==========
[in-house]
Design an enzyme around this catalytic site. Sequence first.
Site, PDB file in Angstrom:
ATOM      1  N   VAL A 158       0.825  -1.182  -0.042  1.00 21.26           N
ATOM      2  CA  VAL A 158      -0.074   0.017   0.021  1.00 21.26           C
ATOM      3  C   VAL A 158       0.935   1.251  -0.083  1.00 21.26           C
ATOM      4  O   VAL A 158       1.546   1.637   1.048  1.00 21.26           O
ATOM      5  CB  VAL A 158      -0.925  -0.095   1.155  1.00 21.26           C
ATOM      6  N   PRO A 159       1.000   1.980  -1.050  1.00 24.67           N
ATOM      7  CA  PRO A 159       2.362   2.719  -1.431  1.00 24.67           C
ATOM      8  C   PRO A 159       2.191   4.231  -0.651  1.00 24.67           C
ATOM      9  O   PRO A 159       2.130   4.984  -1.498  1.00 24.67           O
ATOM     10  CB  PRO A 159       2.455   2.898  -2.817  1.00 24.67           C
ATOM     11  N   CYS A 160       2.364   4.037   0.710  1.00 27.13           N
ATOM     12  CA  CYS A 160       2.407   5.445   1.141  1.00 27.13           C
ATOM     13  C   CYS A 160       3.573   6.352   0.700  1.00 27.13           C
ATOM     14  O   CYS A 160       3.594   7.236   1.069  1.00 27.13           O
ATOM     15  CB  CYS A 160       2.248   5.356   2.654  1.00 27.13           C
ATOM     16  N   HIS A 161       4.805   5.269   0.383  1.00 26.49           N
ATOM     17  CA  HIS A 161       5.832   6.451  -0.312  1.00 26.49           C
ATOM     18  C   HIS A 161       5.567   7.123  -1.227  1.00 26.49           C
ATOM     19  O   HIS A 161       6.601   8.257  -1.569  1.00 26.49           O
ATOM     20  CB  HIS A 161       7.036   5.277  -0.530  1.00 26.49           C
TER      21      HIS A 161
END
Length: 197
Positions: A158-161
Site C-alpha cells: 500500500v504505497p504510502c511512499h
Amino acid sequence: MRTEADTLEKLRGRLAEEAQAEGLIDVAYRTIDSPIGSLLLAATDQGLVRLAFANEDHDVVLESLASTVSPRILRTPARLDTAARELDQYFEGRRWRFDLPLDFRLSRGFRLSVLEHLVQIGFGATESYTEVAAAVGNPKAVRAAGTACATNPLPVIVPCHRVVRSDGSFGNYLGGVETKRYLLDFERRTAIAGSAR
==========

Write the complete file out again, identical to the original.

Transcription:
[in-house]
Design an enzyme around this catalytic site. Sequence first.
Site, PDB file in Angstrom:
ATOM      1  N   VAL A 158       0.825  -1.182  -0.042  1.00 21.26           N
ATOM      2  CA  VAL A 158      -0.074   0.017   0.021  1.00 21.26           C
ATOM      3  C   VAL A 158       0.935   1.251  -0.083  1.00 21.26           C
ATOM      4  O   VAL A 158       1.546   1.637   1.048  1.00 21.26           O
ATOM      5  CB  VAL A 158      -0.925  -0.095   1.155  1.00 21.26           C
ATOM      6  N   PRO A 159       1.000   1.980  -1.050  1.00 24.67           N
ATOM      7  CA  PRO A 159       2.362   2.719  -1.431  1.00 24.67           C
ATOM      8  C   PRO A 159       2.191   4.231  -0.651  1.00 24.67           C
ATOM      9  O   PRO A 159       2.130   4.984  -1.498  1.00 24.67           O
ATOM     10  CB  PRO A 159       2.455   2.898  -2.817  1.00 24.67           C
ATOM     11  N   CYS A 160       2.364   4.037   0.710  1.00 27.13           N
ATOM     12  CA  CYS A 160       2.407   5.445   1.141  1.00 27.13           C
ATOM     13  C   CYS A 160       3.573   6.352   0.700  1.00 27.13           C
ATOM     14  O   CYS A 160       3.594   7.236   1.069  1.00 27.13           O
ATOM     15  CB  CYS A 160       2.248   5.356   2.654  1.00 27.13           C
ATOM     16  N   HIS A 161       4.805   5.269   0.383  1.00 26.49           N
ATOM     17  CA  HIS A 161       5.832   6.451  -0.312  1.00 26.49           C
ATOM     18  C   HIS A 161       5.567   7.123  -1.227  1.00 26.49           C
ATOM     19  O   HIS A 161       6.601   8.257  -1.569  1.00 26.49           O
ATOM     20  CB  HIS A 161       7.036   5.277  -0.530  1.00 26.49           C
TER      21      HIS A 161
END
Length: 197
Positions: A158-161
Site C-alpha cells: 500500500v504505497p504510502c511512499h
Amino acid sequence: MRTEADTLEKLRGRLAEEAQAEGLIDVAYRTIDSPIGSLLLAATDQGLVRLAFANEDHDVVLESLASTVSPRILRTPARLDTAARELDQYFEGRRWRFDLPLDFRLSRGFRLSVLEHLVQIGFGATESYTEVAAAVGNPKAVRAAGTACATNPLPVIVPCHRVVRSDGSFGNYLGGVETKRYLLDFERRTAIAGSAR